What’s still not opened up in Boquete, Panama?

It’s taken a while, but we’re now at the point where almost everything is opened up again in Panama… but there are still some exceptions.

Gyms, bars, dance clubs, and schools are still closed. I really need the gym here to open up soon. I’ve been doing a good job working out using FitBod and dumbbells for quite a while now. But now that we’re back here, my resistance bands are all I’ve got – and they’re a world away from working with real weights.

You can check out Fitbod here.

Then there are activities like beaches, which have just re-opened but with restrictions. As of Saturday, October 24, families are allowed to gather in groups of no more than seven at beaches and rivers but only from 6:00 a.m. until 4:00 p.m. Masks need be worn at all times, except when you’re within your “family bubble” or when going into the water. Alcohol is also prohibited except at nearby restaurants.

So it’s not perfect, but that should satisfy most family beach trips for now. We’ve already talked about it and we’re planning to wait until the beginning of the year to spend a couple of days at the beach. That’ll give a little more time for us to feel more comfortable in taking a bus or taxi. We’re probably going to try out Show Pony Resort this time around.

Then there are public gatherings. I believe theaters are open at 50% capacity right now (don’t quote me on this one). Then there is one of the more well-known gatherings that Boquete, Panama has to offer… the Tuesday Market.

The Tuesday Market has always been a big weekly event for people to buy and sell fruits, vegetables, crafts, and other goods. But more importantly, it’s been a place known for expats getting together to meet new folks and socialize.

The good news is that the Tuesday Market has started back up. In fact, there are now two markets operating right by one another (long story). However, they have to be very careful about how many people are allowed in at once (and of course everyone is wearing masks). Additionally, we were surprised to find out that Faith wasn’t allowed in – no kids for now.

As you can see, overall, there’s not a lot still off-limits here. Regardless, I’m happy to see the level of caution even as things slowly open back up.

What’s life like in Boquete, Panama right now?

I’m so glad to be back in Boquete, Panama, but we’re not running at full steam just yet.

The biggest difference is that masks are 100% mandatory in public (indoors and outdoors). Most stores take your temperature as you walk in and some make you apply hand sanitizer as well. Unfortunately, that also usually means a little bit of a line before entering a store (spaced out at 2 meters between customers).

Other than that, everyone seems pretty used to this now – well, as good as you can be. It’s become normal for the most part. So, except for that small change, running errands seems to be relatively back to the way it was.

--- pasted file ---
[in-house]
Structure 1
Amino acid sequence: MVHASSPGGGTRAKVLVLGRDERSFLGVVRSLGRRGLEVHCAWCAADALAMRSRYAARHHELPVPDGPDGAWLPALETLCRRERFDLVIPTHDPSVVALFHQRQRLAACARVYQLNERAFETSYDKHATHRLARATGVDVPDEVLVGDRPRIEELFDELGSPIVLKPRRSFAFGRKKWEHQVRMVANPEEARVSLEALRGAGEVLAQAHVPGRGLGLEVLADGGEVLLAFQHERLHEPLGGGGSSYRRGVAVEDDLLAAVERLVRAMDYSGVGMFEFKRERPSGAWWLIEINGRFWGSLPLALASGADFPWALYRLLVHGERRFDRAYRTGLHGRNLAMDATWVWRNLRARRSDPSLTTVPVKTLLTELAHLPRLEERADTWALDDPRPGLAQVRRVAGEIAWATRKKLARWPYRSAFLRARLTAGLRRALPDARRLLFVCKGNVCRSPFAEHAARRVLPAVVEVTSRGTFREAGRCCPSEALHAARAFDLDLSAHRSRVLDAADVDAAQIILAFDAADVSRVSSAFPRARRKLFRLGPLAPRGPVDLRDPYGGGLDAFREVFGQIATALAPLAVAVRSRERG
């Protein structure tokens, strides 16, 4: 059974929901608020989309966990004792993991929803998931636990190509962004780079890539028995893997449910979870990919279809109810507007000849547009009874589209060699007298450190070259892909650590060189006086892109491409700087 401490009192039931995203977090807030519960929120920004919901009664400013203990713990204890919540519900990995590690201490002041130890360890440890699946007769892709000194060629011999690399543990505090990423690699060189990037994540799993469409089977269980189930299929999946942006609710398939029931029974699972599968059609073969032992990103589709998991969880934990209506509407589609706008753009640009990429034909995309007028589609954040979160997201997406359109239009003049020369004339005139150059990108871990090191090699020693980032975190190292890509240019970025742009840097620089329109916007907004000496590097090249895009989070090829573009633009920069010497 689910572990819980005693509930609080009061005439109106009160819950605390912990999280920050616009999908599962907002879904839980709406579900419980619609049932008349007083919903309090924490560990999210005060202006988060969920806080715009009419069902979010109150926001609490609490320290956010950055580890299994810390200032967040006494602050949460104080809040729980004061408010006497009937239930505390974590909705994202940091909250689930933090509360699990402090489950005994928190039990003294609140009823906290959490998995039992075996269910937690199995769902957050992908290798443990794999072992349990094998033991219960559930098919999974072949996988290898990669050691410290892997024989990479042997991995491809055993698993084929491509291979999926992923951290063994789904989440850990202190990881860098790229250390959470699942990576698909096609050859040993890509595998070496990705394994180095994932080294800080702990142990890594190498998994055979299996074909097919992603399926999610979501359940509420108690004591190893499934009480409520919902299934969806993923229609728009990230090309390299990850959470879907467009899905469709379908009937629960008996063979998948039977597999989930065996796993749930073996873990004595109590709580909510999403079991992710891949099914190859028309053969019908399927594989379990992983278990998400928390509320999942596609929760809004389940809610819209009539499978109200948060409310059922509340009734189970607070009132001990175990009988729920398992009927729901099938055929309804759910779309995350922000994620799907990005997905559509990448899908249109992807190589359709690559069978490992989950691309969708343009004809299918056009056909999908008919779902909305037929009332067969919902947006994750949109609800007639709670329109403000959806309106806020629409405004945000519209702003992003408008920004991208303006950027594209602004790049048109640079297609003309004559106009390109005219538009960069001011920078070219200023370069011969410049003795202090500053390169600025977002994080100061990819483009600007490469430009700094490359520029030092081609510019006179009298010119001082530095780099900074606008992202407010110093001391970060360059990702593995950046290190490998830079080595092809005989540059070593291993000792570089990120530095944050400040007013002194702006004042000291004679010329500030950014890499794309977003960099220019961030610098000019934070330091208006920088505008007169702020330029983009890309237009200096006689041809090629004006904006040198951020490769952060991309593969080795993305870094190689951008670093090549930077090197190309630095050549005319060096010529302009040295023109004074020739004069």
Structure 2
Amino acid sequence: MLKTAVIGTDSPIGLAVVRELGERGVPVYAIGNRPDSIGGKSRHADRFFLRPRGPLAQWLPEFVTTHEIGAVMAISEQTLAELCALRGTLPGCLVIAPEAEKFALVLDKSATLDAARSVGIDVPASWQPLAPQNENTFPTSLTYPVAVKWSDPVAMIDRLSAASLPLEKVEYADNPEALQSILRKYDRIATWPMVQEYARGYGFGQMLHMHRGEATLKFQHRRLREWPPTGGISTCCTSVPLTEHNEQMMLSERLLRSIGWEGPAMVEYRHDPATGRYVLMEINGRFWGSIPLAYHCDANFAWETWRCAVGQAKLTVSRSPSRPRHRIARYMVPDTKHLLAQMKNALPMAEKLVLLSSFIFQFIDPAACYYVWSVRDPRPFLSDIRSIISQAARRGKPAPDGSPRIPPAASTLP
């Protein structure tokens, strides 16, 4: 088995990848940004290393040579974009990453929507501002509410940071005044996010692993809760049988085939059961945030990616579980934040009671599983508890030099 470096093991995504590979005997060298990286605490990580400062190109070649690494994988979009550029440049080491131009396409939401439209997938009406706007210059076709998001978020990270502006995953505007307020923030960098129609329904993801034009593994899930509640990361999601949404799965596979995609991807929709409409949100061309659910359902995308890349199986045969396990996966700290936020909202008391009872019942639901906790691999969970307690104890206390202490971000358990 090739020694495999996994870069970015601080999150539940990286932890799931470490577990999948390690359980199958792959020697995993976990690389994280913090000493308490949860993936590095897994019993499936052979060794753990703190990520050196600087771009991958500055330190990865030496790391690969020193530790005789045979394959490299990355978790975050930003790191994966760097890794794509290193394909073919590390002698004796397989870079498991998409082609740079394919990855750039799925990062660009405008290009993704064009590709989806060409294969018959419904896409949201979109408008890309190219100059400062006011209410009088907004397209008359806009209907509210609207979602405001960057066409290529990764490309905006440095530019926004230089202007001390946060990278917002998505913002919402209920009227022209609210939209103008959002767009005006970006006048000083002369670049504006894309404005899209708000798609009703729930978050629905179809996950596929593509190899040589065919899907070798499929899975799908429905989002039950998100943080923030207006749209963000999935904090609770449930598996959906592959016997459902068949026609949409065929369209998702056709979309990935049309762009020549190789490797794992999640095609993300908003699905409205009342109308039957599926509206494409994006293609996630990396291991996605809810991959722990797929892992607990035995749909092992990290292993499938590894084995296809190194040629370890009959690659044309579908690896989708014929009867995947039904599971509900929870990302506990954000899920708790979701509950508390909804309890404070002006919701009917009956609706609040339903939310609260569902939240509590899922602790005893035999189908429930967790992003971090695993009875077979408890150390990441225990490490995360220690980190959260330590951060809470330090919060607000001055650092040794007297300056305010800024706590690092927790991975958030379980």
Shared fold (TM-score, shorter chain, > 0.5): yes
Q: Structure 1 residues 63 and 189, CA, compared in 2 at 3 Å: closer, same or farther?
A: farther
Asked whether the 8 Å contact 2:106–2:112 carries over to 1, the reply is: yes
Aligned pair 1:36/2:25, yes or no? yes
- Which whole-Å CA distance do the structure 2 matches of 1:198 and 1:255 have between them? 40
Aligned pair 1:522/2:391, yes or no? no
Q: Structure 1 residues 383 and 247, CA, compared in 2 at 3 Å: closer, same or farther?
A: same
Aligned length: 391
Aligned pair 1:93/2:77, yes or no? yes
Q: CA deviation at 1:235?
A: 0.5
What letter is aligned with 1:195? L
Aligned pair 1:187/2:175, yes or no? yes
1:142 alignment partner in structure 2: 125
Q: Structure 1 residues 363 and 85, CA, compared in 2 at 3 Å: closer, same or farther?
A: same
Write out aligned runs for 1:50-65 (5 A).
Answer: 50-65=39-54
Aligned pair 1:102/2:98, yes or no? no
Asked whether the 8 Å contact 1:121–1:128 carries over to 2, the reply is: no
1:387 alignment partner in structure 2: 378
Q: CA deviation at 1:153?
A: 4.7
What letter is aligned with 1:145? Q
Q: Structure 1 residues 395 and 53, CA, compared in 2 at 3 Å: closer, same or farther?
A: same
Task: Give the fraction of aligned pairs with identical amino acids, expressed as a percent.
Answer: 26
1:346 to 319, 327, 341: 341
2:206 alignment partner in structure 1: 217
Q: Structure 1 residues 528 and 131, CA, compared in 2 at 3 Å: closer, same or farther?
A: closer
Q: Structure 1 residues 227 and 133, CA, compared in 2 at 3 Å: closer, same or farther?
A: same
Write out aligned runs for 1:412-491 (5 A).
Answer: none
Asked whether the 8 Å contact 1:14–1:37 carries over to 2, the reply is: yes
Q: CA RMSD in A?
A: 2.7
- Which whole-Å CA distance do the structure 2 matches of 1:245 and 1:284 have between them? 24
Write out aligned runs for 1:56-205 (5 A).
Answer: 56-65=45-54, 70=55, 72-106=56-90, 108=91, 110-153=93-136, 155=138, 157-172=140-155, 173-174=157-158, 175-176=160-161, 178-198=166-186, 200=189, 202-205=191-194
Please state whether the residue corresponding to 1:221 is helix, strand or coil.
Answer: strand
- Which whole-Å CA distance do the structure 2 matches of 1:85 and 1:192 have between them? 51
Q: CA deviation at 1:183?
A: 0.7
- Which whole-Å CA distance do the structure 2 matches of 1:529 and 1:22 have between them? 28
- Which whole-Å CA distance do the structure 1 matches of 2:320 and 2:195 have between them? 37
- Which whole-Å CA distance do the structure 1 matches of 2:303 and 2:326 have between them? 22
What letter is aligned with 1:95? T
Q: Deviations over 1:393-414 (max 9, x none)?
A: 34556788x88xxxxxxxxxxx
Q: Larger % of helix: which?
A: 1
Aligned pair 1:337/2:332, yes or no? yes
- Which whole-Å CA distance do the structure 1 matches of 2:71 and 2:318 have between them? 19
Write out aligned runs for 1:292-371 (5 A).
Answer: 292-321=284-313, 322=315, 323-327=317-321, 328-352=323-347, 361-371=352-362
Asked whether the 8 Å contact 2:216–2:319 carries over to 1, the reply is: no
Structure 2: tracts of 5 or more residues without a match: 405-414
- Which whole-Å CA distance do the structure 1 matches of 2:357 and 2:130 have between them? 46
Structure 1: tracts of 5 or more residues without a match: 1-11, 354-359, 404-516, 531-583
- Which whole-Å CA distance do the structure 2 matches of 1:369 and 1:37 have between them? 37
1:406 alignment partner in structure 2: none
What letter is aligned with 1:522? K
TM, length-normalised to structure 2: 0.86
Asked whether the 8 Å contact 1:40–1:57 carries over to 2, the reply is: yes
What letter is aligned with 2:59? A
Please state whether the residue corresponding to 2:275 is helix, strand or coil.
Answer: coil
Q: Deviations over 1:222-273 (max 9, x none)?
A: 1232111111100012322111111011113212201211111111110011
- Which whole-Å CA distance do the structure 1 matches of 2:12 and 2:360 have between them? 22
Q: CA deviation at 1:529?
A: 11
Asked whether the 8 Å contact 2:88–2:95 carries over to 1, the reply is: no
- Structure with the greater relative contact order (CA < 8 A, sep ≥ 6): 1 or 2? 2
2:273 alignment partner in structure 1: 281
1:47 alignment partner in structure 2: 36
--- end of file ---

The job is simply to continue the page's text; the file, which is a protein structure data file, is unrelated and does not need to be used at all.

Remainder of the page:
I will say that our walk back from town is a little more exhausting now. Walking half a mile or so uphill while pulling a cart of groceries and wearing a mask is a little draining.

We’re still not comfortable getting into taxis or buses yet, but they are operational. Eventually, we’ll need to make a trip to David to do some shopping so we’re going to have to just be careful and suck it up.

I feel bad for restaurant owners and workers. They can currently only operate at 25% capacity and tables need to be spaced out. While that’s great for folks like us who prefer to avoid the big crowds, that’s a big problem trying to keep a restaurant afloat right now.

There are already some restaurants in Boquete that have closed their doors forever and I’m sure we’ll be seeing more of that before the year is over. In the meantime, being able to get food delivered is a nice little bonus that we do like.

One of our favorite activities is in limbo for us currently. We really enjoyed doing the group hikes every week. There would be a large group (maybe 25 people) who would show up at a meeting place before heading to the week’s hike. Since some people had cars and some didn’t (we’re in that latter category), those driving would take others in their car to ensure everyone could get to the hike.

Because the group hikes are considered a gathering, there are restrictions. I’m sure the hike leader would be able to get small groups together for now, but how do you decide who can go in the group and who can’t?

We could go hiking on our own, but since we don’t have a car, we’d have to take a taxi which we’re shying away from for now. Eventually, we’ll get back to this but we’re ok taking our time in getting back to this fun. In the meantime, we’ll continue walking to town and exploring our area here in Valle Escondido.